Archetypes in Fairy Tales

In this article you will learn about the archetypes in fairy tales, including the most common examples of archetypes seen in literature throughout the ages.

What are the Archetypes in Fairy Tales?

An archetype is a character, idea, symbol, setting, situation, or challenge that reflects a universal human condition which is recognisable to anyone from any culture or place around the globe because of its universality.

Fairy tales have been passed down through the generations, whether orally or in writing, and make extensive use of these archetypes.

As a result the tales have universal appeal, with readers or listeners able to strongly relate to them.

For example, versions of the Cinderella story exists on five of the world’s continents, with at least 23 different but recognisable versions of the story.

Like most other fairy tales, it incorporates archetypes such as the hero (Prince Charming), heroine and innocent (Cinderella), the evil stepmother, the wicked stepsisters, the fairy godmother and various sidekicks/companions in animal form.

Other recognisable archetypes in fairy tales include the ice queen, princesses, villains, wolves, wise old men, outcast, mentor, wizards, witches and shapeshifters.

Fairy Tales Book Summary

Below are summaries of some of the most famous fairy tales in literature:


Cinderella’s evil stepmother and stepsisters won’t let her go to the ball, so her fairy godmother uses magic to make it happen.

When they dance the prince and Cinderella fall in love, but she runs away as she must leave before the magic ends at midnight.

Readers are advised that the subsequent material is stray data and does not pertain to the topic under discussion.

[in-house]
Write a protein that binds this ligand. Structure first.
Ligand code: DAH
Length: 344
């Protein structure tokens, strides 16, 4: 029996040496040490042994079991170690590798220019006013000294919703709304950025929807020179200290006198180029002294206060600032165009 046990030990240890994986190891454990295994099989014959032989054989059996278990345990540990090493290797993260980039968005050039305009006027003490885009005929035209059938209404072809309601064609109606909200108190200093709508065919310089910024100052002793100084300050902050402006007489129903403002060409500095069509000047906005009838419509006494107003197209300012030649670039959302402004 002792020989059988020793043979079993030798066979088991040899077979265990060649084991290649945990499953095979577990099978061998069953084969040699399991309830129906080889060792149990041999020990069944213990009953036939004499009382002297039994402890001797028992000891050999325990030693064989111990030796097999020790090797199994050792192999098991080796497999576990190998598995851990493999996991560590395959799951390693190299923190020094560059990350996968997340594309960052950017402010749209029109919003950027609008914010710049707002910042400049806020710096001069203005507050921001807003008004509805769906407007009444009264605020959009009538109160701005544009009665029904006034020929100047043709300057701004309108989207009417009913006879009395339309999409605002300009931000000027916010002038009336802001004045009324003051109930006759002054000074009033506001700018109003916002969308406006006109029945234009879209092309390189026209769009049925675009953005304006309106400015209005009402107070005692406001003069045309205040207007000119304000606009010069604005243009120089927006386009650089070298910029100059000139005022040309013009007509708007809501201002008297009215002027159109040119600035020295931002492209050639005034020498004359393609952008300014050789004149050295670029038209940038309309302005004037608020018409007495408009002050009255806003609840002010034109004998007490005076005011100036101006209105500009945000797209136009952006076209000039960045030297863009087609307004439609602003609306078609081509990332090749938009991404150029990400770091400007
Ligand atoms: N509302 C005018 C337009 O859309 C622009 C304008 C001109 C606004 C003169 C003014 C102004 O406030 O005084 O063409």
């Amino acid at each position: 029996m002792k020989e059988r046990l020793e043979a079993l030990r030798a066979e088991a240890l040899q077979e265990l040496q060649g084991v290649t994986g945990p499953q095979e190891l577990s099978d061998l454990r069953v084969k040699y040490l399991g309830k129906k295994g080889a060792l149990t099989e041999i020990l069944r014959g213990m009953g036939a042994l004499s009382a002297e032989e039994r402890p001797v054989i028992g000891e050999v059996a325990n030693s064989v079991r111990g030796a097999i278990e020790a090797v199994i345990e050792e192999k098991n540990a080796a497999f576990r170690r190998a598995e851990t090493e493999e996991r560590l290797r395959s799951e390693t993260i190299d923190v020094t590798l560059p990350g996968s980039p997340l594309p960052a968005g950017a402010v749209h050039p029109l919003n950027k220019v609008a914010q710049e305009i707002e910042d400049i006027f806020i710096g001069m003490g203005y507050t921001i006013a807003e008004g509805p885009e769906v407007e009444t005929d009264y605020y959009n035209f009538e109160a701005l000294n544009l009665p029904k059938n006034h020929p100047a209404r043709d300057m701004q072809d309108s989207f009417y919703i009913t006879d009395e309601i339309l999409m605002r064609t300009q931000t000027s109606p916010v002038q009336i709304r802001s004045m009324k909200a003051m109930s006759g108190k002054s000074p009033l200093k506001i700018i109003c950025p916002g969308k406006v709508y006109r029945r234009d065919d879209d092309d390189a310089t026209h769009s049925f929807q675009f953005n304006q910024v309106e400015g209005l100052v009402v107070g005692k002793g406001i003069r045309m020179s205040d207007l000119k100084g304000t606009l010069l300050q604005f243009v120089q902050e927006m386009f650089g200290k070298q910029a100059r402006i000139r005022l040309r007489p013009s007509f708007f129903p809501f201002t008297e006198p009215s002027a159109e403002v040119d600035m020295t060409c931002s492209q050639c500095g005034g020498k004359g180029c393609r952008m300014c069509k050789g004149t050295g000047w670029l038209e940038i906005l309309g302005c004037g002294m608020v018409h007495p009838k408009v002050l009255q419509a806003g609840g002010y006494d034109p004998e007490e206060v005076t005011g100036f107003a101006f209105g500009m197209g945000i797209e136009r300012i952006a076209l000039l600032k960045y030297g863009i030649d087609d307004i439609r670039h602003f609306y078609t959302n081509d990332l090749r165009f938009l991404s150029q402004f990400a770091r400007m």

On doing so she loses a glass slipper, which the prince finds and uses to find her. They marry and live happily ever after.

Hansel and Gretel

Hansel and Gretel’s wicked stepmother abandons them in a forest.

They find a house made of sweets and eat some.

The evil witch that lives there locks them up, preparing to make soup from them.

Gretel escapes her cage and pushes the witch into boiling water.

The children find her treasure, take it home and are never hungry again.

Little Red Riding Hood

Little Red Riding Hood’s goes to her Grandma’s house with a basket of goodies, but on the way she tells a wolf where she is going.

The wolf goes to Grandma’s house, locks her in a cupboard and puts on her clothes.

Little Red Riding Hood remarks how big Grandma’s teeth are.

The wolf says the teeth are better for eating and pounces.

Woodcutters hear her screams and rescue her.

Princess and the Pea

A prince devises a test to ensure he marries a real princess, placing a pea beneath 20 mattresses and 20 feather beds believing only a princess sensitive enough to feel the pea.

The princess says she did not sleep because of something hard in her bed.

The two marry and live happily ever after.

Snow White and the Seven Dwarfs

Snow White’s evil stepmother is jealous of Snow’s beauty, wanting to be fairest in the land.

She orders Snow killed but the huntsman spared her.

Snow White stays in a cottage with seven dwarfs.

The stepmother finds her and, in disguise, gives her a poison apple.

She falls into a deep sleep in a crystal coffin.

Prince Charming visits the cottage and she awakes when he kisses her. They marry and live happily ever after.

Fairy Tales Archetype Examples

  • Hero
  • Heroine
  • Evil stepmother
  • Wicked stepsisters
  • Fairy Godmother
  • Sidekick
  • Companion
  • Ice Queen
  • Villain
  • Prince
  • Princess
  • Outcast
  • Wolves
  • Wise old man
  • Mentor
  • Witch
  • Wizard
  • Shapeshifter

Want more literary archetypes?

Go check out our extensive list of archetypes in literature to find out more about the characters seen in literature throughout the ages.

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